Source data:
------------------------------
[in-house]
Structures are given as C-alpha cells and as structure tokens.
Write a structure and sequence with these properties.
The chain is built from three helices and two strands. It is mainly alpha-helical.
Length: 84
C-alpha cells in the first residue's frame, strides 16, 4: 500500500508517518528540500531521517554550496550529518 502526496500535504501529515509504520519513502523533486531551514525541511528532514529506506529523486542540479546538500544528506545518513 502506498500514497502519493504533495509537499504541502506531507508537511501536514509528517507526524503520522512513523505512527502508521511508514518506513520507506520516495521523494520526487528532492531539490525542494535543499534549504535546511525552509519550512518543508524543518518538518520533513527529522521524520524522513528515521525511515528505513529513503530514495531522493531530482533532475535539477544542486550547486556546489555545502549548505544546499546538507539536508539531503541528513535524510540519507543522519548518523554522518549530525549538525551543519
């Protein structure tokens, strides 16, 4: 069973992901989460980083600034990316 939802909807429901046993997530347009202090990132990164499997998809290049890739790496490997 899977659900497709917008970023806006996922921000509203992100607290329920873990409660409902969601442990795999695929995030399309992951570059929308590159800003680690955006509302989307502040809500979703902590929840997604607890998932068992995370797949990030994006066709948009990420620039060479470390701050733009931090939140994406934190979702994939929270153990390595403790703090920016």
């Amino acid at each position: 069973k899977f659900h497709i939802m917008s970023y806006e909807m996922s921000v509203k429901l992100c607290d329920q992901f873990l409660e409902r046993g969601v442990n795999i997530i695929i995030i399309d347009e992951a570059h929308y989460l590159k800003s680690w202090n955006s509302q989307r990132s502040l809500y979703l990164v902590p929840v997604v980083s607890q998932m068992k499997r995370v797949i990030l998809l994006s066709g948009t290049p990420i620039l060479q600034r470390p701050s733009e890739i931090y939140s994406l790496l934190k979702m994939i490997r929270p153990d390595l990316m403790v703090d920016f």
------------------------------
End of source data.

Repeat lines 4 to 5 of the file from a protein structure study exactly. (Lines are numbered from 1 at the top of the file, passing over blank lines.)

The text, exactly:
The chain is built from three helices and two strands. It is mainly alpha-helical.
Length: 84